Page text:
We're now able to accept Bitcoin at How a Car Works. Thanks to Stripe's simple integration it just took one line of code. I just tested it and the process works beautifully for both customers and vendors. It's quicker, neater and cheaper than card payment. Making a Bitcoin payment doesn't feel so natural just yet, but that's because of habit rather than any fundamentals. There's nothing natural about typing a non-changing 16 digit number and a date into a form.
There's also a fundamental difference. If I give my credit card details to someone I am allowing them to take whatever sum of money they choose. I'm not actually making a payment, I'm allowing them to take a payment. They can tell me they'll take $10, and actually charge me $1,000 - I won't know until I check a statement. With Bitcoin I choose the amount that I 'send'.
The price of Bitcoin has been falling steadily for eight months, but in that time there have been some big steps forward for adoption. I'm excited.
I've been continuing my arcade-in-a-coffee-table project over the past week or so. I've also been thinking about a simple motion tracker that can transmit movement information to a phone over Bluetooth. Essentially the idea being that it can be attached to anything, and the phone can then interpret the raw motion data into usable information. It might be attached to a tennis racket, for instance, and used to track swings, impacts and forces. Or it could be fixed to a barbell to track the motion of a lift. Or to a punchbag to count and measure impacts. The underlying principle is the same for all these items.
I'm astonished at how accessible electronics has become. On every level. The components are financially affordable. There are tutorials, write-ups and source code that can be combined into the bases of almost any project. Suppliers are open not only to the public, but to beginners.
There's so much choice and opportunity that it's hard to even know where to get started. I spoke with some robot builders last week and one of them talked about it being a golden dawn for robotics. I agree entirely and I can't wait to see what comes after drones.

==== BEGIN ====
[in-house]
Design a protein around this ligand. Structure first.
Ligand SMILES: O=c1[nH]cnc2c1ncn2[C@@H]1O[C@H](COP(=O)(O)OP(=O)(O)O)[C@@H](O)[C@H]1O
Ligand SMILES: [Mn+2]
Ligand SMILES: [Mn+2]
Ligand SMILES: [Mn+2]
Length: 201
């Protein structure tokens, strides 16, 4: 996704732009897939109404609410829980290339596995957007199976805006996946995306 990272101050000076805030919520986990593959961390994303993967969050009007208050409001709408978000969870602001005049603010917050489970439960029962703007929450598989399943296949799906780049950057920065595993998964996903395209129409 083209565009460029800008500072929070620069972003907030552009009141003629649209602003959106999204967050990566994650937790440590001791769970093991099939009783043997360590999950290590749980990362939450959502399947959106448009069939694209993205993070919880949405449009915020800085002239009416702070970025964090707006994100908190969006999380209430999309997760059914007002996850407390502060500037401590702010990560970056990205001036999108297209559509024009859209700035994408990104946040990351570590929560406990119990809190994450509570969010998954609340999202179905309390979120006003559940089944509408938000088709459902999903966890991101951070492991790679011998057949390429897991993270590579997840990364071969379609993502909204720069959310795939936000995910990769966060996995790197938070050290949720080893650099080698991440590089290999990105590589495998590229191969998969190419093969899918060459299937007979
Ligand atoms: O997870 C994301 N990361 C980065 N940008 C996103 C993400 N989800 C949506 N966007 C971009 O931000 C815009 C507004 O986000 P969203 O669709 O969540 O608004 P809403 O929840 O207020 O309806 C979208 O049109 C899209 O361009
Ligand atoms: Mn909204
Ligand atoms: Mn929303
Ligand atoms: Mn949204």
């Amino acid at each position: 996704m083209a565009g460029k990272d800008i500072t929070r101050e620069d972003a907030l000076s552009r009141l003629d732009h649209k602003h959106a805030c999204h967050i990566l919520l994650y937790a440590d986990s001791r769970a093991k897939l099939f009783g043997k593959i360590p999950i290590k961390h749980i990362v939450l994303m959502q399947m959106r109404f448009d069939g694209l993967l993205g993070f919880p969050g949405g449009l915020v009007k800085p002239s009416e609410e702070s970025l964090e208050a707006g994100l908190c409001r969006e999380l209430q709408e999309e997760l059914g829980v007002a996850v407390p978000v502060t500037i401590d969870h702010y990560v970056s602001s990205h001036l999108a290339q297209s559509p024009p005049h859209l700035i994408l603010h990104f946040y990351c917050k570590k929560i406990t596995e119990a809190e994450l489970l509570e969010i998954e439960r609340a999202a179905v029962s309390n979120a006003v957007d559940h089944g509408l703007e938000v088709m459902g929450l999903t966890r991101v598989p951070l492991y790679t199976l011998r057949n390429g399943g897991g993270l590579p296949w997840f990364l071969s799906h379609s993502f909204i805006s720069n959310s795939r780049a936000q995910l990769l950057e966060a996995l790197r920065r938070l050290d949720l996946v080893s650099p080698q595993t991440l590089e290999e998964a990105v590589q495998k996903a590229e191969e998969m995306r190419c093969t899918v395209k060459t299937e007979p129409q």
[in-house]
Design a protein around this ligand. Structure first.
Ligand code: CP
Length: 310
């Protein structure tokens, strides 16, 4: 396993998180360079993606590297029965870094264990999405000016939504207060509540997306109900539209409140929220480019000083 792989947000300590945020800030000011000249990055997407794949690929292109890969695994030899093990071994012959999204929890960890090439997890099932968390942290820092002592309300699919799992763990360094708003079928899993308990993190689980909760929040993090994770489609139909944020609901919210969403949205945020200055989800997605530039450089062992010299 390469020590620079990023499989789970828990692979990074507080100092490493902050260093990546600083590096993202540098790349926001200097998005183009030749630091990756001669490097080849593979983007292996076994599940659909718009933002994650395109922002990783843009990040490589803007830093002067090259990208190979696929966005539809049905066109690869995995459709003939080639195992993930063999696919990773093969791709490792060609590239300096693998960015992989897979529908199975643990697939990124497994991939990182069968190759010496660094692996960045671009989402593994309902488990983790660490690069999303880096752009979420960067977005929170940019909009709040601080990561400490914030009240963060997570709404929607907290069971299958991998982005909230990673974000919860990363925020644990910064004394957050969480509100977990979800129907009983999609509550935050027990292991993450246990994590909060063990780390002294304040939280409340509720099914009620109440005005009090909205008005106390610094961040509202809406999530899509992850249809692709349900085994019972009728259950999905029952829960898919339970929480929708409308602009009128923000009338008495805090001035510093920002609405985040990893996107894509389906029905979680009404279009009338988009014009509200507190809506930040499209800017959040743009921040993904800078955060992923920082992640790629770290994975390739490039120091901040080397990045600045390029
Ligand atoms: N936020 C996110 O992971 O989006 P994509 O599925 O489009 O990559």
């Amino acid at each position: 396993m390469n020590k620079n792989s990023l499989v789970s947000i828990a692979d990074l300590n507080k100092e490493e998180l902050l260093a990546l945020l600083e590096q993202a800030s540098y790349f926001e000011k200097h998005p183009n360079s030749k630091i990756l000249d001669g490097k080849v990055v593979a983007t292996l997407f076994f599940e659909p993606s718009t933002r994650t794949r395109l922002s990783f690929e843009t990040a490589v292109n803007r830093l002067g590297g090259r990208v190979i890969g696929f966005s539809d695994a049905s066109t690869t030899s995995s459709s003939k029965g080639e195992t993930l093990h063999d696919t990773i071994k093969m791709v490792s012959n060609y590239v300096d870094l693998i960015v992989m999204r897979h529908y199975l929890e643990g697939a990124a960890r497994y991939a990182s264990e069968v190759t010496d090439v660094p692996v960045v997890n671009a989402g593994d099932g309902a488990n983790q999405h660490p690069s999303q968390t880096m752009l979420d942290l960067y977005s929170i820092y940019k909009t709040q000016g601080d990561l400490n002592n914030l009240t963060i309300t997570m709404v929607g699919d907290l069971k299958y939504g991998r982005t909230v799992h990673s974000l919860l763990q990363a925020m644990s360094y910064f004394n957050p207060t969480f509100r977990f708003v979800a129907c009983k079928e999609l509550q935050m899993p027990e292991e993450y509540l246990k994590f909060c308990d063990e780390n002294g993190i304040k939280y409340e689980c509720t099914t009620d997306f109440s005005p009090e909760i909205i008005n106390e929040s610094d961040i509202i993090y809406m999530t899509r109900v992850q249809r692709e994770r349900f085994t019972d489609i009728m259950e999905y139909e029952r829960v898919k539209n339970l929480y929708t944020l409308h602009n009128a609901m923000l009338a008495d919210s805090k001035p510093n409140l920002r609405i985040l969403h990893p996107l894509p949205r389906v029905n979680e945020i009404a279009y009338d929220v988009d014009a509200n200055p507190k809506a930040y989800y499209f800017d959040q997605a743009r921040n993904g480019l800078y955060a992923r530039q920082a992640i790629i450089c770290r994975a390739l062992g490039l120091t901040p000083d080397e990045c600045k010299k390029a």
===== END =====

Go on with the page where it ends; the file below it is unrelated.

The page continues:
I've been exploring React over the past few days. It's always hard to determine which projects are just fads and which are here for the long term. That said, I'm going to predict that React will be in the league of jQuery and Twitter Bootstrap within another year or so.
It has a good balance of simplicity, power and flexibility. I have Rails projects that don't need a heavy JS framework like Angular or Ember, but which definitely need some client-side jazziness. I've a feeling that React will fill that need neatly.
We'd never had consoles in my family. They didn't make much sense when we had a computer - which could do applications (and I suppose also run pirated games, which was almost unheard of for consoles).
Then the playstation came along. Not only was it vastly more powerful than any computer I could hope to own, within a relatively short space of time it could be chipped. I remember early on there was some complex process involving the inner ink-filled part of a plastic Biro, which had to be braced to trick the box into thinking the CD drive was closed. The PS would be booted off a genuine disc and then hot-swapped for a pirate. I can't remember the exact process because reliable chips came along that just bypassed the entire process perfectly and reliably.